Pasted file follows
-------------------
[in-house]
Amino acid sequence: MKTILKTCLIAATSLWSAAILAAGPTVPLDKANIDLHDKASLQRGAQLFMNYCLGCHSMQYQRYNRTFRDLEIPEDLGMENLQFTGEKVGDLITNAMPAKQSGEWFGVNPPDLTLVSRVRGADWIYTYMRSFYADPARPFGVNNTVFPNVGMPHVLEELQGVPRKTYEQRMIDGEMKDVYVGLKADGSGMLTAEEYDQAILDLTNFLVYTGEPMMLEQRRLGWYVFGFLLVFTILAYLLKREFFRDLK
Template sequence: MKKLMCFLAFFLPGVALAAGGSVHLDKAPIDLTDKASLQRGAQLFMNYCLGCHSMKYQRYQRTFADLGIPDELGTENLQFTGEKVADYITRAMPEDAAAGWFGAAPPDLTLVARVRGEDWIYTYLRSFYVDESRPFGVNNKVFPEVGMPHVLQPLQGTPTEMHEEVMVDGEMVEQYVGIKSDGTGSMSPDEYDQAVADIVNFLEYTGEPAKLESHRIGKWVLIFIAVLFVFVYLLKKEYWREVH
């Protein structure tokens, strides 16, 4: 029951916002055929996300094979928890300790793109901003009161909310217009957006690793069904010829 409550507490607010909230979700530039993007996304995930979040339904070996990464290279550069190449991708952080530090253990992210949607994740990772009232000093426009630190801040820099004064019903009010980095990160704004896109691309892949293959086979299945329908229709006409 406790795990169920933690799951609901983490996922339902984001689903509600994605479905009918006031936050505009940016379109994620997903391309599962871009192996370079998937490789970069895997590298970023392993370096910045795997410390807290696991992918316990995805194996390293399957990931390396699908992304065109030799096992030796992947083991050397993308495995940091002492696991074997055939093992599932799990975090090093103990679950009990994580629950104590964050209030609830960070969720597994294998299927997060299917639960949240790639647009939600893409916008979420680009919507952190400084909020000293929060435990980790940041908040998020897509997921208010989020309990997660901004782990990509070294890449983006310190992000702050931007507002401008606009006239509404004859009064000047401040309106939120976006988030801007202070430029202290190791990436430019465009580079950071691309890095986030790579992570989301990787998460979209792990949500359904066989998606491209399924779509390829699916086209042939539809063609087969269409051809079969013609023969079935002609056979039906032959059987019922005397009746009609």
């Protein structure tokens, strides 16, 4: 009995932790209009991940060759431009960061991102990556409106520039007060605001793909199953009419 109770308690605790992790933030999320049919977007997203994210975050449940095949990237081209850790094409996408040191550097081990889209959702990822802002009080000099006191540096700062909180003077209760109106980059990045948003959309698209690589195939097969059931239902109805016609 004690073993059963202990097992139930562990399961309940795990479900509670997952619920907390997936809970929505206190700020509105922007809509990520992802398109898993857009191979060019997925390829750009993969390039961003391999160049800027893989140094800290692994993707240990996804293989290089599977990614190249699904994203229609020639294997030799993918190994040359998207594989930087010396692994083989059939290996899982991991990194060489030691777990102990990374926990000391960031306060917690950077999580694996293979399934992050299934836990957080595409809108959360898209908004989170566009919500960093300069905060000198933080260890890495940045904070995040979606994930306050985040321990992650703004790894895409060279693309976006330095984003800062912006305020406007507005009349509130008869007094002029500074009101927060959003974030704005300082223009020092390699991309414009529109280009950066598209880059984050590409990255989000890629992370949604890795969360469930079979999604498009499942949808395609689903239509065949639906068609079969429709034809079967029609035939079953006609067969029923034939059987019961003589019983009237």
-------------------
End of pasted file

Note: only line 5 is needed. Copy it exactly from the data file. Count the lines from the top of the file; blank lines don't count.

């Protein structure tokens, strides 16, 4: 009995932790209009991940060759431009960061991102990556409106520039007060605001793909199953009419 109770308690605790992790933030999320049919977007997203994210975050449940095949990237081209850790094409996408040191550097081990889209959702990822802002009080000099006191540096700062909180003077209760109106980059990045948003959309698209690589195939097969059931239902109805016609 004690073993059963202990097992139930562990399961309940795990479900509670997952619920907390997936809970929505206190700020509105922007809509990520992802398109898993857009191979060019997925390829750009993969390039961003391999160049800027893989140094800290692994993707240990996804293989290089599977990614190249699904994203229609020639294997030799993918190994040359998207594989930087010396692994083989059939290996899982991991990194060489030691777990102990990374926990000391960031306060917690950077999580694996293979399934992050299934836990957080595409809108959360898209908004989170566009919500960093300069905060000198933080260890890495940045904070995040979606994930306050985040321990992650703004790894895409060279693309976006330095984003800062912006305020406007507005009349509130008869007094002029500074009101927060959003974030704005300082223009020092390699991309414009529109280009950066598209880059984050590409990255989000890629992370949604890795969360469930079979999604498009499942949808395609689903239509065949639906068609079969429709034809079967029609035939079953006609067969029923034939059987019961003589019983009237």